> > Grid3D( unsigned x, unsigned y, unsigned z ):
> > h( x ), w( y ), d( z ), rep( x * y * z )
> > { }
> >
> > reference at( unsigned x, unsigned y, unsigned z ) {
> > assert( x < h && y < w && z < d );
> > return rep[ x*w*d + y*d + z ] != 0;

>
> I am not sure 'reference' will work as the return value here or the
> 'return' statement should just be
>
> return rep[ x*w*d + y*d + z ];

Good catch. I originally was going to hold a vector of chars to avoid
the vector<bool> partial specialization (which would necessitate '!= 0'
bit,) but then I realized that I would need to create a special class to
return a modifiable reference. Since vector<bool> already has that work
done for me, I decided to switch to vector<bool> but forgot to remove
the '!= 0' bit.

Having a puppy in your lap can be very distracting.

> > }
> >
> > const_reference at( unsigned x, unsigned y, unsigned z ) const {
> > assert( x < h && y < w && z < d );
> > return rep[ x*w*d + y*d + z ] != 0;

>
> I'd probably just do
>
> return rep[ x*w*d + y*d + z ];
>
> here as well.

As above...

Daniel T., Dec 22, 2006
10. ### Guardiano del FaroGuest

Victor Bazarov ha scritto:

i solved the problem in a different way!!
i realized that that grid needs a lot of space (because it's a
1000x1000x1000 points grid!!) and i can have some memory problems, and
the point is that i dont actually need to memorize the grid, but only
the points which have the boolean value 1!! So i scan a "virtual"grid
(3 for cycles) and i store the points that i need!

Much more easier, simple and light!

thank you for you help!

ViTo

Guardiano del Faro, Dec 22, 2006
11. ### Daniel T.Guest

"Guardiano del Faro" <> wrote:
> Victor Bazarov ha scritto:
>
> i solved the problem in a different way!!
> i realized that that grid needs a lot of space (because it's a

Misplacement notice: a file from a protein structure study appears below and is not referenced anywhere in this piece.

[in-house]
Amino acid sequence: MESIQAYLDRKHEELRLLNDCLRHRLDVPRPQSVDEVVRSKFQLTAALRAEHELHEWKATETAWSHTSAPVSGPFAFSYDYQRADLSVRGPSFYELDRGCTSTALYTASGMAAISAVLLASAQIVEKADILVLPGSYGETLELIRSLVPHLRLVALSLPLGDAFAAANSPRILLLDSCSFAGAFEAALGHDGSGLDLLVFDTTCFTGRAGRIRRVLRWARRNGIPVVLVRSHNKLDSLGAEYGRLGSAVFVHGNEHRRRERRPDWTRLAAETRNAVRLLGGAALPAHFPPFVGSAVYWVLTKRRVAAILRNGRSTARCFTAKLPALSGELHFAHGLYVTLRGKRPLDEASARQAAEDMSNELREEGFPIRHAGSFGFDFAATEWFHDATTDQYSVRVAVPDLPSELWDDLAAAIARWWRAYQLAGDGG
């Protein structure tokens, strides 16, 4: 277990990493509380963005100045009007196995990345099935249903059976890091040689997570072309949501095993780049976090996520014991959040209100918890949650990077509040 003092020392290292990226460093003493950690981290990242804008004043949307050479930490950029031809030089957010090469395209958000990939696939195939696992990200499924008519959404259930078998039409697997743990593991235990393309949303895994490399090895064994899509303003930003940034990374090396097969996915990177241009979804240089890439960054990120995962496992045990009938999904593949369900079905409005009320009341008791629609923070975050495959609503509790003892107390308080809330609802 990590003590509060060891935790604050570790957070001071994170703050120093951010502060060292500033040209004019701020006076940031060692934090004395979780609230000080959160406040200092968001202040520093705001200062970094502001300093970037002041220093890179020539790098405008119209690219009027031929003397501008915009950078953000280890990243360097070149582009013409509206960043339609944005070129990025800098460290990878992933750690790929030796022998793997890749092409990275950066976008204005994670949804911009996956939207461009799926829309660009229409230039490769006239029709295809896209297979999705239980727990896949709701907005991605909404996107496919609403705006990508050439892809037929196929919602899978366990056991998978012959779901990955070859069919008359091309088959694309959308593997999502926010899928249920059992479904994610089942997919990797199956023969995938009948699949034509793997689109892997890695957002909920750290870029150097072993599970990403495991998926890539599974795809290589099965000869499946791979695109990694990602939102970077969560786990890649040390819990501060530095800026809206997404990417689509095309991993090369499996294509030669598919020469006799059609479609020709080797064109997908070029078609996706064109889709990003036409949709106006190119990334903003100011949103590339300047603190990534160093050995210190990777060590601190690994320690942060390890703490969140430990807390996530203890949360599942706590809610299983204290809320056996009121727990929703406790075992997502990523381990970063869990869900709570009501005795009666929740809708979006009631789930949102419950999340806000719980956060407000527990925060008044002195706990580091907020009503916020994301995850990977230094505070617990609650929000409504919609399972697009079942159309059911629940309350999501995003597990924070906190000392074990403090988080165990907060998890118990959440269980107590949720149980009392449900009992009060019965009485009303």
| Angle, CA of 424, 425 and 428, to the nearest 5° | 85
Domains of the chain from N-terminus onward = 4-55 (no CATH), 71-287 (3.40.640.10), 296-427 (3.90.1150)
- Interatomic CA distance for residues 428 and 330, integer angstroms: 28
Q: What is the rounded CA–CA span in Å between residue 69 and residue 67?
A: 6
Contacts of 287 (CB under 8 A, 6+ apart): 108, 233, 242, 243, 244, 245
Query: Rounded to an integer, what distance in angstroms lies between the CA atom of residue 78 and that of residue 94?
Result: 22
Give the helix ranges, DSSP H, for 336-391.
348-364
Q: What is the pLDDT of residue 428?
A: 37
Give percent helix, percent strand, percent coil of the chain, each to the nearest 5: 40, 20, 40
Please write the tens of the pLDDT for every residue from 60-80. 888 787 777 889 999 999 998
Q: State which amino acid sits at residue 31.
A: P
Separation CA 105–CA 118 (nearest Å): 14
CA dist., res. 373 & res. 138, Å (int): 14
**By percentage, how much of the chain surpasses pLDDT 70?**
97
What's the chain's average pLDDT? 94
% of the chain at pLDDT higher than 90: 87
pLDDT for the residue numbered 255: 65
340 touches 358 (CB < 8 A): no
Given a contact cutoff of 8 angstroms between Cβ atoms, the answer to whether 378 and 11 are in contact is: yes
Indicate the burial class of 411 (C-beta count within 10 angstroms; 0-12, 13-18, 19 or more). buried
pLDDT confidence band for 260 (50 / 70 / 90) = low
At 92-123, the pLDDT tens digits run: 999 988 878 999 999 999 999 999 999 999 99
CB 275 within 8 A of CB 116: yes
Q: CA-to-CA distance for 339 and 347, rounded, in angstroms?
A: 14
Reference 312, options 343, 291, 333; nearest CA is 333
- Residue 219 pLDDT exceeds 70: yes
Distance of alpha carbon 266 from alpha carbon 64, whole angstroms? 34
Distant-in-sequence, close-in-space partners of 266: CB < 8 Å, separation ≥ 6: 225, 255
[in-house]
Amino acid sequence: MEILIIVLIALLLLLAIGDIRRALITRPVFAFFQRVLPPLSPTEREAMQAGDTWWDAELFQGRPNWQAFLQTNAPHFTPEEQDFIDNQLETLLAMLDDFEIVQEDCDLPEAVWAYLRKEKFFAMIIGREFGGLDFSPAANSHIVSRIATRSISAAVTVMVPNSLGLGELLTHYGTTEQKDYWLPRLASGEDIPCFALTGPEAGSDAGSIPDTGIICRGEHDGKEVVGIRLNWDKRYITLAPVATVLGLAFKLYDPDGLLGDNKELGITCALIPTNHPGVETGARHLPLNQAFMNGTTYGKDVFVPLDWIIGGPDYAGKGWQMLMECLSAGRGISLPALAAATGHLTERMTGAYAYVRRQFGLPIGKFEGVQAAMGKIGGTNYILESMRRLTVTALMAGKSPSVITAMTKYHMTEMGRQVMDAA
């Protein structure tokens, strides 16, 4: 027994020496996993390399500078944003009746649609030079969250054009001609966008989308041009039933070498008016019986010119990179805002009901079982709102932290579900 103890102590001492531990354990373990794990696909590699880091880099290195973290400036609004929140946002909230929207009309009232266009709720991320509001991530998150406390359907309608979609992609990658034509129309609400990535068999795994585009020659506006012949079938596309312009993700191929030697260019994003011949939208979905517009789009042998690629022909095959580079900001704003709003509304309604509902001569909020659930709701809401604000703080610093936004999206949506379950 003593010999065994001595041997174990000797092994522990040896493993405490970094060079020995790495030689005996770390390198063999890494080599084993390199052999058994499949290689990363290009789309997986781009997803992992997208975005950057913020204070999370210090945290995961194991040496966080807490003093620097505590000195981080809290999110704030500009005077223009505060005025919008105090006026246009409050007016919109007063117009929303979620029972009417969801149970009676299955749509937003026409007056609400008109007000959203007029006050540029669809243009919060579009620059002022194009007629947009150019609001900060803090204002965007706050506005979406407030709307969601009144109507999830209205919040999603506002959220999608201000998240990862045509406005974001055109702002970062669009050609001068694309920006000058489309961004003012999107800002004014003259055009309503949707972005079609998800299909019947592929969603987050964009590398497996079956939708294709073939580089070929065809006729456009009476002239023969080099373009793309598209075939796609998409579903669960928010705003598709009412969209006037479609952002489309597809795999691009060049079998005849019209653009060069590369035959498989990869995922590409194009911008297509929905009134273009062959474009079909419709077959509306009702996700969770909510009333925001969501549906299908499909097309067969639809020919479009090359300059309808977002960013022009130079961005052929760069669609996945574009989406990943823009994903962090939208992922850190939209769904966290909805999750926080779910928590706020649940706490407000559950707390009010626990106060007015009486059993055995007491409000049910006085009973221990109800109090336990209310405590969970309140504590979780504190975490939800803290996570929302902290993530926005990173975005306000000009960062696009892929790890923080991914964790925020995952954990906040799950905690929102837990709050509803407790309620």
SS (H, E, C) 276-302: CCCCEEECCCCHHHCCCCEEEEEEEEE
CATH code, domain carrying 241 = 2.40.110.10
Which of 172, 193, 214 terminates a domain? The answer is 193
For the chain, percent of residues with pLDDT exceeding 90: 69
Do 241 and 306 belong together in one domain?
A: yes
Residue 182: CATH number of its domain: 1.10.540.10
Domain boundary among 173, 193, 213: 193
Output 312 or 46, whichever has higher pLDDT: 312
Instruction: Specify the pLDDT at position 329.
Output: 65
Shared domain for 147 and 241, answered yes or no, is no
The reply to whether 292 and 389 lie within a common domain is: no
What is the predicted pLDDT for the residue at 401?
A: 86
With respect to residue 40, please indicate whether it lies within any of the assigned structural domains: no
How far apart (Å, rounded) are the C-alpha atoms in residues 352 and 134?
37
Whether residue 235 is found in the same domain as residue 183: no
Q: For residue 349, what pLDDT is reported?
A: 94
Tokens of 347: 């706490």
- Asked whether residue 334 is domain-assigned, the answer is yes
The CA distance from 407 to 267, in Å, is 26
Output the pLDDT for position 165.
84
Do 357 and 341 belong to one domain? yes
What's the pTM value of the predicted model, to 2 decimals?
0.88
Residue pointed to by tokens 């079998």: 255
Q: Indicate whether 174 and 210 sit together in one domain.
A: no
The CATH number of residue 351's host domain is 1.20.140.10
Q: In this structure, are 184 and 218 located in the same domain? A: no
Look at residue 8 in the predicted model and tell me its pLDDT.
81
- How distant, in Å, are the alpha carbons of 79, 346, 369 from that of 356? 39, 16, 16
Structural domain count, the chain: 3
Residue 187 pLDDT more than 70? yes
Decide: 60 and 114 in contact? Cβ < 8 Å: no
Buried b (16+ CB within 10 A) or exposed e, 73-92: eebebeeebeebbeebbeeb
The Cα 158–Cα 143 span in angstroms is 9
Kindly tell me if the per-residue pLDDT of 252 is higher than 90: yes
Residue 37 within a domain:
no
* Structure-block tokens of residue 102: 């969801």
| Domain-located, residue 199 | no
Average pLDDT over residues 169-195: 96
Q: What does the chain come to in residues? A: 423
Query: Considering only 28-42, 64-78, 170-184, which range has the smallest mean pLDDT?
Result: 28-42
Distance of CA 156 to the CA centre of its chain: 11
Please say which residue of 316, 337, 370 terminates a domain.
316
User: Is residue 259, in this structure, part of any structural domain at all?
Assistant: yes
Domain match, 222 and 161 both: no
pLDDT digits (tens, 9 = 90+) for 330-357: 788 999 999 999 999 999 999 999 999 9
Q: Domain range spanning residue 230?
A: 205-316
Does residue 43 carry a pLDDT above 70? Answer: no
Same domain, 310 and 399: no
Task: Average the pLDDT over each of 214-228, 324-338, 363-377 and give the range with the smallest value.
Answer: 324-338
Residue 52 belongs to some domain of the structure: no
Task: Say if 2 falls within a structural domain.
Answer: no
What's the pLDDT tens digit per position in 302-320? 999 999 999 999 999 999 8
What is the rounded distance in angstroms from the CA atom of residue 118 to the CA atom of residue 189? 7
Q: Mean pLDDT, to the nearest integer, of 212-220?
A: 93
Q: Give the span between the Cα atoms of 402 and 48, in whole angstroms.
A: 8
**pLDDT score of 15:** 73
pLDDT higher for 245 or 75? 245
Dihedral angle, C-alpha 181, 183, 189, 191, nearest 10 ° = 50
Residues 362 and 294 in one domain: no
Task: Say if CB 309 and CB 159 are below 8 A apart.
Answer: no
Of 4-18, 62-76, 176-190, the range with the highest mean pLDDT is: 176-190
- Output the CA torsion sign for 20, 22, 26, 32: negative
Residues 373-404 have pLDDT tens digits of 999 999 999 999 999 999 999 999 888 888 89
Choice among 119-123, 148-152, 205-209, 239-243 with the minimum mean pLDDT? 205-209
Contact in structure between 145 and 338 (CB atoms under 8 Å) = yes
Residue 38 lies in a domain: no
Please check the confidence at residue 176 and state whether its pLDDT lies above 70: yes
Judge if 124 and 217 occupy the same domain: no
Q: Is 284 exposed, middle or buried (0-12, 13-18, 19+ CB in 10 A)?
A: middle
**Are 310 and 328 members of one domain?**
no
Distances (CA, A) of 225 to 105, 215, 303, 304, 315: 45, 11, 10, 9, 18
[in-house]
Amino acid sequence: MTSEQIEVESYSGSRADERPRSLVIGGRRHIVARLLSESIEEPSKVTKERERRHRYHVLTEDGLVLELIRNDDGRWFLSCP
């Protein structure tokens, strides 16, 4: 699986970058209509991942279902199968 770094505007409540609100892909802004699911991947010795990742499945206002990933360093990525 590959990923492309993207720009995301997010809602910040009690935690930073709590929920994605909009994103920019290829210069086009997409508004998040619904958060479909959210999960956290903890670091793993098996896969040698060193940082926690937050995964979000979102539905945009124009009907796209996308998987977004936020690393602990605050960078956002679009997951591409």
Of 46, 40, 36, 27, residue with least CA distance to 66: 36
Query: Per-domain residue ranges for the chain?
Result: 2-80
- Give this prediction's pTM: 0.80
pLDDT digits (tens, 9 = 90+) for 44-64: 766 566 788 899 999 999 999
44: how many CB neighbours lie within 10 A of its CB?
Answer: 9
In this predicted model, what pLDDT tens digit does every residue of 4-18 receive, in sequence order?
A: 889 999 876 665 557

> 1000x1000x1000 points grid!!) and i can have some memory problems, and
> the point is that i dont actually need to memorize the grid, but only
> the points which have the boolean value 1!! So i scan a "virtual"grid
> (3 for cycles) and i store the points that i need!
>
> Much more easier, simple and light!
>
> thank you for you help!

For something like that, I would use a set:

struct Vector3 {
unsigned x, y, z;
Vector3(): x(), y(), z() { }
Vector3( unsigned x_, unsigned y_, unsigned z_ ):
x( x_ ), y( y_ ), z( z_ )
{ }
};

bool operator<( const Vector3& left, const Vector3& right )
{
return left.x < right.x ||
left.x == right.x && left.y < right.y ||
left.x == right.x && left.y == right.y && left.z < right.z;
}

class Grid3D {
std::set<Vector3, bool> rep;
unsigned h, w, d;
public:
typedef std::map<Vector3, bool>::reference reference;
typedef std::map<Vector3, bool>::const_reference const_reference;

Grid3D( unsigned x, unsigned y, unsigned z ):
h( x ), w( y ), d( z ), rep( x * y * z )
{ }

const_reference at( unsigned x, unsigned y, unsigned z ) const {
assert( x < h && y < w && z < d );
return rep.find( Vector3( x, y, z ) != rep.end();
}

void set( unsigned x, unsigned y, unsigned z ) {
assert( x < h && y < w && z < d );
rep.insert( Vector3( x, y, z ) );
}

void unset( unsigned x, unsigned y, unsigned z ) {
assert( x < h && y < w && z < d );
rep.erase( Vector3( x, y, z ) );
}
// other functions to taste
};

Daniel T., Dec 22, 2006
12. ### rGuest

Guardiano del Faro wrote:
> Victor Bazarov ha scritto:
>
> i solved the problem in a different way!!
> i realized that that grid needs a lot of space (because it's a
> 1000x1000x1000 points grid!!) and i can have some memory problems, and
> the point is that i dont actually need to memorize the grid, but only
> the points which have the boolean value 1!! So i scan a "virtual"grid
> (3 for cycles) and i store the points that i need!
>
> Much more easier, simple and light!
>
> thank you for you help!
>
> ViTo

You have just rediscovered the "sparse matrix".

r, Dec 22, 2006
13. ### Guardiano del FaroGuest

r ha scritto:

>
> You have just rediscovered the "sparse matrix".

did i win something?!

Guardiano del Faro, Dec 23, 2006
14. ### rGuest

Guardiano del Faro wrote:
> r ha scritto:
>
>
> >
> > You have just rediscovered the "sparse matrix".

>
> did i win something?!

You don't win anything, but you could save yourself a lot of
programming.

The problem you've just solved is a well-known problem in engineering.
So you might want to google: sparse matrix "C++"

and see what you come up with.

r, Dec 23, 2006